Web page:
Philosophical Multicore

Sometimes controversial, sometimes fallacious, sometimes thought-provoking, and always fun.

Swastikas

Posted by Michael Dickens on May 15, 2009

Apparently, some people find it offensive when I draw a shape that resembles a swastika. Why is that? The swastika is merely a symbol that happened to be used by Adolf Hitler, and many people happen to not like Adolf Hitler. If I draw a swastika:

1. I am not saying that I am a Nazi or that I endorse killing Jews. I just drew a symbol.
2. Even if I did, I have a right to have my own opinion. You have no right to stifle my free speech because you personally disagree with me.
3. It is just a symbol. Symbols do not hurt people. And sure, it’s what the symbol “represents”. But it only represents something if you want it to. I drew a shape resembling a swastika because I think it looks cool, and I was bored. I was not representing anything by it.
4. The “cross” (Christianity) is responsible for far more unjustified deaths than the “swastika” (Nazi Germany), and yet no one is offended by that. And I don’t see people going around with swastikas on their necks.

I just had to get in that point about Christianity. XP

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3 Responses to “Swastikas”

  1. Bill said

    Both the cross and the swastika are ancient symbols that were co-opted by Christianity and Nazism respectively. Symbols don’t have any inherent meaning but rather people assign meaning to symbols.

    An example is the Confederate flag. I attended a high school in Texas during the 1970s that proudly flew the Confederate flag at football games and such. To me at that time, it was a symbol of independence–I liked the idea of being a rebel. It wasn’t until I grew up a little that I realized that to another group of people it was a symbol of slavery and oppression. With this knowledge and out of respect for others I would never support flying the Confederate flag now but I’m still aware that it can have different meanings for different people.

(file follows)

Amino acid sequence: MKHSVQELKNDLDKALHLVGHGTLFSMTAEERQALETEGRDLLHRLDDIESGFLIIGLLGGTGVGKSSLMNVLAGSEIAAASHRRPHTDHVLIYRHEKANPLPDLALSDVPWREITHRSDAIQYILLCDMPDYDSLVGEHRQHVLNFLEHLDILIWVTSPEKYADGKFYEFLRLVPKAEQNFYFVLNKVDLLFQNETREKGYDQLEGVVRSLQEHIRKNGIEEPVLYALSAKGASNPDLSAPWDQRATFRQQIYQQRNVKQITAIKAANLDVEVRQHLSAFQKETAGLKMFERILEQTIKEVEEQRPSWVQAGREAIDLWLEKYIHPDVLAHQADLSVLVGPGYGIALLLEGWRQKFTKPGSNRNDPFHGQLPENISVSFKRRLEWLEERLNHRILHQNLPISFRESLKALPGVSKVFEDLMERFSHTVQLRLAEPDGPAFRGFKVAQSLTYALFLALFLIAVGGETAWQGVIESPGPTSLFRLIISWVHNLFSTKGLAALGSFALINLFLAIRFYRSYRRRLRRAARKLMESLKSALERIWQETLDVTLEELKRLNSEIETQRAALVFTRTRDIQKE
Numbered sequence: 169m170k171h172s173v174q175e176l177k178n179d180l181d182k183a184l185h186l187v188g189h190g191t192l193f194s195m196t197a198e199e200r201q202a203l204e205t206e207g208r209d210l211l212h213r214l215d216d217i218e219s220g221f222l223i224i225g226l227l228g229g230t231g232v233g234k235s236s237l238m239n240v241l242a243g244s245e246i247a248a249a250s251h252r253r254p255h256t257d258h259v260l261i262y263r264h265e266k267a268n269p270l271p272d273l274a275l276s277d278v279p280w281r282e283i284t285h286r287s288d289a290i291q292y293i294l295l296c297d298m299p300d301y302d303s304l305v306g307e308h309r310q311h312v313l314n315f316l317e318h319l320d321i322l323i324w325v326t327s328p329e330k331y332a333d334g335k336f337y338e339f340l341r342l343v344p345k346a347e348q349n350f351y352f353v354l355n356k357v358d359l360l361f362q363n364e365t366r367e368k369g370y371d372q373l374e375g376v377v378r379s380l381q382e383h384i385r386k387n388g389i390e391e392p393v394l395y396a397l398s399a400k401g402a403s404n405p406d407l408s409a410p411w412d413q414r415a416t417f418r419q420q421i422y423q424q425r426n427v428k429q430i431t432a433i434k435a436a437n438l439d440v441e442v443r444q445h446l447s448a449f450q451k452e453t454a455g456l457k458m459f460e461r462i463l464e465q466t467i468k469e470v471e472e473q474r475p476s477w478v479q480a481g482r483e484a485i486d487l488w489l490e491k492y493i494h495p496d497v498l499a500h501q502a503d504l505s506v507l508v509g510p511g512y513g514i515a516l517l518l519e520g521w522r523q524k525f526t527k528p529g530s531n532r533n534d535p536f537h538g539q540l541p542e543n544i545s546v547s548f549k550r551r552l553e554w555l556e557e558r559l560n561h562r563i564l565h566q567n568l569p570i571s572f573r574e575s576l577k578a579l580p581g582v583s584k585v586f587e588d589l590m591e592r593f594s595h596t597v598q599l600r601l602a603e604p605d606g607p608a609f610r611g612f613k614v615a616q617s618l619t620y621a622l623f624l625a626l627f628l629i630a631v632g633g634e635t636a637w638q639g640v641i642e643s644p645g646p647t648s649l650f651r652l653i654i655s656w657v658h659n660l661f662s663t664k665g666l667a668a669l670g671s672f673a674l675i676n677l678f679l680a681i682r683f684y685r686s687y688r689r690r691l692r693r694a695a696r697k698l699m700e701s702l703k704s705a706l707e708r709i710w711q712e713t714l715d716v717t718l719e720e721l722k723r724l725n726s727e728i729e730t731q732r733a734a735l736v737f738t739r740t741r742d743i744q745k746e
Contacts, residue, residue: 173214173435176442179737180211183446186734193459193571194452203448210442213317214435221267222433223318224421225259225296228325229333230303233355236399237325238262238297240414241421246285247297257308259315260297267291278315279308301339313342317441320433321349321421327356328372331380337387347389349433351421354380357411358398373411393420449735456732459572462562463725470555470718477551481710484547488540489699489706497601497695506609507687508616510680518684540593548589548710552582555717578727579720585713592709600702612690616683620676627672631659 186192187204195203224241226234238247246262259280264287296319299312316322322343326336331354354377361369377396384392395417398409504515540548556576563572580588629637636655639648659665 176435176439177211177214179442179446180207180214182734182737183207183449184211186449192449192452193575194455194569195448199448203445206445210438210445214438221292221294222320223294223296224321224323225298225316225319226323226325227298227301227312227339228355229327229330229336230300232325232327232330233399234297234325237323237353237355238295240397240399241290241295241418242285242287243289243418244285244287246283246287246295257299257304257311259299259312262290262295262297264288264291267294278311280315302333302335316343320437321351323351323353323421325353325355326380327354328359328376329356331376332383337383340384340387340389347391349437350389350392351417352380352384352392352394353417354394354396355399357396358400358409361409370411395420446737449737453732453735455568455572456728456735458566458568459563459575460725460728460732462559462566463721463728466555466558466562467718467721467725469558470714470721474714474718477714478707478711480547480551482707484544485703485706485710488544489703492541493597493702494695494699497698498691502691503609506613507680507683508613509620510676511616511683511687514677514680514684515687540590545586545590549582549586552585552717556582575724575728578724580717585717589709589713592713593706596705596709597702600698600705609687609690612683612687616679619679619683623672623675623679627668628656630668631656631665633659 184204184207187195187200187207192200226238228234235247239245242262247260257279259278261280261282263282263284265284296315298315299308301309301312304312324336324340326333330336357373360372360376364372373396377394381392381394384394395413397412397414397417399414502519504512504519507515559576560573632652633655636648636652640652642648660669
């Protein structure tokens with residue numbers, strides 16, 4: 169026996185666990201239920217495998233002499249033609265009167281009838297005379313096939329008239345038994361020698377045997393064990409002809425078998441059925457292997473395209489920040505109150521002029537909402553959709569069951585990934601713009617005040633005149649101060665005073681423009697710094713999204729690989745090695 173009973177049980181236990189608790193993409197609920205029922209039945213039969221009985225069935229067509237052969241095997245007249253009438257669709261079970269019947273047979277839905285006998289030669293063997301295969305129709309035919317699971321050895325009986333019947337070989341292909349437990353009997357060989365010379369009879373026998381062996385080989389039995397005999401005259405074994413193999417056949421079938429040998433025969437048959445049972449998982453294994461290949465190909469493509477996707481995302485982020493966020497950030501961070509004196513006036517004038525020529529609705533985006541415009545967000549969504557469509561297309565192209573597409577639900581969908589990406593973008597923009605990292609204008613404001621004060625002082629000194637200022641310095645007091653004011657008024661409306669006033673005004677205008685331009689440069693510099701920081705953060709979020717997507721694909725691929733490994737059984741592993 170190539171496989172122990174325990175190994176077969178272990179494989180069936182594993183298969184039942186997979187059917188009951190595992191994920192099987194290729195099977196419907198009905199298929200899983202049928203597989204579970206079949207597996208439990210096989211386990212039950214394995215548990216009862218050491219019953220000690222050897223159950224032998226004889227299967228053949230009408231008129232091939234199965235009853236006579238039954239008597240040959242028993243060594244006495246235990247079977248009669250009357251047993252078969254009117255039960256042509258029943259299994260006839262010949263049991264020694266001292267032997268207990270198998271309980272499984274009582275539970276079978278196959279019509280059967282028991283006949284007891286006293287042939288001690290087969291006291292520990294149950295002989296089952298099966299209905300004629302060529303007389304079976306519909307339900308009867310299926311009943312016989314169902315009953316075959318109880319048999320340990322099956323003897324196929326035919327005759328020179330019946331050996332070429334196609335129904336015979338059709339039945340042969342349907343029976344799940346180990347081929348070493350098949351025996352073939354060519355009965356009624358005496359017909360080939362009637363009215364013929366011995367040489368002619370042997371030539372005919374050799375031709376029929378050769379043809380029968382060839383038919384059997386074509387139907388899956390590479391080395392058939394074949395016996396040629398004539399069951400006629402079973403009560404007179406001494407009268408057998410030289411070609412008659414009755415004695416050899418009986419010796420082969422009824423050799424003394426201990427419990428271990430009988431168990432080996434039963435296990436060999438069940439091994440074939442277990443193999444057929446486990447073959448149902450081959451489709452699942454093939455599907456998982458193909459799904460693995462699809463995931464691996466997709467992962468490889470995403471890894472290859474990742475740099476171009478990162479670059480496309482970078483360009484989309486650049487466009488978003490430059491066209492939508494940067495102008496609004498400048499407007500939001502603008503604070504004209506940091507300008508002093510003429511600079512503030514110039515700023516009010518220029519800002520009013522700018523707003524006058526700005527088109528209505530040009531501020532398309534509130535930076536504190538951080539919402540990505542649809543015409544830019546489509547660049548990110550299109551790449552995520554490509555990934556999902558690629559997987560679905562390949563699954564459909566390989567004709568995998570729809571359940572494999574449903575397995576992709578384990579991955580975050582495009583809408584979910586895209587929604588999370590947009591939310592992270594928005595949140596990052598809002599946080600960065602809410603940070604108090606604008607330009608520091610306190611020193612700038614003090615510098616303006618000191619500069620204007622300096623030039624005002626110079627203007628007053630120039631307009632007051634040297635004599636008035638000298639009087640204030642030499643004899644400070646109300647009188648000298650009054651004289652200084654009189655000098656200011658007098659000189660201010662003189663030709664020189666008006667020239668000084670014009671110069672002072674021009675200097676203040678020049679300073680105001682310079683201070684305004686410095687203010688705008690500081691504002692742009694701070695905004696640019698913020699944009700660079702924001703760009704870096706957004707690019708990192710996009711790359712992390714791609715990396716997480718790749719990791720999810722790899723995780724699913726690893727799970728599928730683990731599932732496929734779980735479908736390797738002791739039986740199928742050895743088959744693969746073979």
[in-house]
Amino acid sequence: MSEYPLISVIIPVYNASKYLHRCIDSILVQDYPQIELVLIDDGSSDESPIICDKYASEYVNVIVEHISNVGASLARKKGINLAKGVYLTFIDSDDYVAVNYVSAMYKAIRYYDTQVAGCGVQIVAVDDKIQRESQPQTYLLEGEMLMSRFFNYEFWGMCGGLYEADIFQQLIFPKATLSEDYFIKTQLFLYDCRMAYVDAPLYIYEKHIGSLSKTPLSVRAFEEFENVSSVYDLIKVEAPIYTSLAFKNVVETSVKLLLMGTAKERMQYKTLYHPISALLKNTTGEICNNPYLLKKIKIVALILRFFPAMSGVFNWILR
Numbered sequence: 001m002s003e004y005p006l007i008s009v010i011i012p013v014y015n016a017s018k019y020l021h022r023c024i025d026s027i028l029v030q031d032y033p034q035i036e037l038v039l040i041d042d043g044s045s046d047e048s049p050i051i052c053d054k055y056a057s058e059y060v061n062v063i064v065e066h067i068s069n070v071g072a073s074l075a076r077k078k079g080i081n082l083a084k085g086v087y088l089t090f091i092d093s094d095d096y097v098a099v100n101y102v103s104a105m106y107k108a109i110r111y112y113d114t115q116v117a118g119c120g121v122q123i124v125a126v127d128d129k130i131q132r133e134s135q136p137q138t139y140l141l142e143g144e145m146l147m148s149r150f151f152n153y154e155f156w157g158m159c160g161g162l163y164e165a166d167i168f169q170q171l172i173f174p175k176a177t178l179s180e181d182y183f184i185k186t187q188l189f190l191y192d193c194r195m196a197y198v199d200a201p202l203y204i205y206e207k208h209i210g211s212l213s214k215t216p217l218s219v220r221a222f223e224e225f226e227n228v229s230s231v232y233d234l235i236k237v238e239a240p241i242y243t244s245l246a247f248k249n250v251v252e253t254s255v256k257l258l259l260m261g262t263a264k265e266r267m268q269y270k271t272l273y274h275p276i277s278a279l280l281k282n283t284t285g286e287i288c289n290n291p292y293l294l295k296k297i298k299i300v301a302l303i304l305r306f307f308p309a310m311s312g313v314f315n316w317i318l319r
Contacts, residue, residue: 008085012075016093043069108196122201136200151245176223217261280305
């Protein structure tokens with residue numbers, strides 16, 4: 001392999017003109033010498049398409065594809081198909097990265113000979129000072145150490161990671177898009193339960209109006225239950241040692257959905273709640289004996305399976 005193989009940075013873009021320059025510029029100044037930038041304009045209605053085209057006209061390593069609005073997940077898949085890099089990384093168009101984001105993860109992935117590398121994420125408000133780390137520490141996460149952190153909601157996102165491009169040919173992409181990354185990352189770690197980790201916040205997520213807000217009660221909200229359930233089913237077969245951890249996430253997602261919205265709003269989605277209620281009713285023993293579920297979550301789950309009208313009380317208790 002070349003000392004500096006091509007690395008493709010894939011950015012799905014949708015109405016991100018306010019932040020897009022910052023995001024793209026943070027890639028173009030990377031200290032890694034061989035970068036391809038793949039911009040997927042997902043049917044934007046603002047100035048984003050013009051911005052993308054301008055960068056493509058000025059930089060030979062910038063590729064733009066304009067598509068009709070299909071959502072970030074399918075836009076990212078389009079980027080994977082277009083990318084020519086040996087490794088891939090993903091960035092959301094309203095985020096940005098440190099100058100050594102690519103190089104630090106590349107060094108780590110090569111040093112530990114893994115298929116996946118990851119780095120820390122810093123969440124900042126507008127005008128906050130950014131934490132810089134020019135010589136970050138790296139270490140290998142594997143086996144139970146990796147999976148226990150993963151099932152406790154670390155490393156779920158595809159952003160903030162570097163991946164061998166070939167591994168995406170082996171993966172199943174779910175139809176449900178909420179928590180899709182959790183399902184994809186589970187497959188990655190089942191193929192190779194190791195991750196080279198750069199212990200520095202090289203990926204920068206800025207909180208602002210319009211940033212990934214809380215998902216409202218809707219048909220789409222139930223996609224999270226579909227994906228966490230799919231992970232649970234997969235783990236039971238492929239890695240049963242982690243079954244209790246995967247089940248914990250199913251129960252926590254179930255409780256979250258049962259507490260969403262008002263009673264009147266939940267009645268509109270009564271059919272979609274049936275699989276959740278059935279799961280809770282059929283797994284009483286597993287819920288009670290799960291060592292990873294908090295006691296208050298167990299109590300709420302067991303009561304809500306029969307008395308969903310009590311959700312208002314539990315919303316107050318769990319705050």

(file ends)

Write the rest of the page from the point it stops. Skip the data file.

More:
So while I don’t believe there’s any right or wrong to using any particular symbol, it is good to be aware of how it affects others.

  2. Hi, MTGAP, i think sign doesn’t matter and it is probably thought which matter. And i think swastika is ancient holy symbol of India used in many rituals. Thanks

  3. Phynnboi said

    We use symbols to communicate with each other. Communication using symbols only works well when all parties have a similar understanding of the meanings of those symbols.

    Lacking any other context, randomly drawing swastikas on things is generally understood as an expression of support for the Nazi party–particularly their antisemitic ideals–which many people find quite distasteful. If you mean something else by that drawing, how are they to know? They can’t read your mind!

    It’s like if you decide that flipping someone the bird means, “Would you care to join me for a spot of tea?” If you walk up to a random stranger and flip them the bird with the intention of inviting them to tea, they’re still going to take it as an insult, because that’s the way the gesture is generally used.

    Here are answers to your points:

    1. As above, random strangers can’t read your mind, so they’re going to assume the generally accepted meaning of the symbol.

    2. Surely if you have the right to bring something into the world (draw a swastika), others have the right to feel offended by it!

    3. As #1. It’s also worth asking whether you’d have drawn the swastika–whether it’d have been so capable of relieving your boredom–had the symbol no shock value.

    4. The Christian cross is generally accepted as a symbol of salvation. People don’t generally use the cross as a symbol of sympathy for the atrocities committed in the name of Christ.

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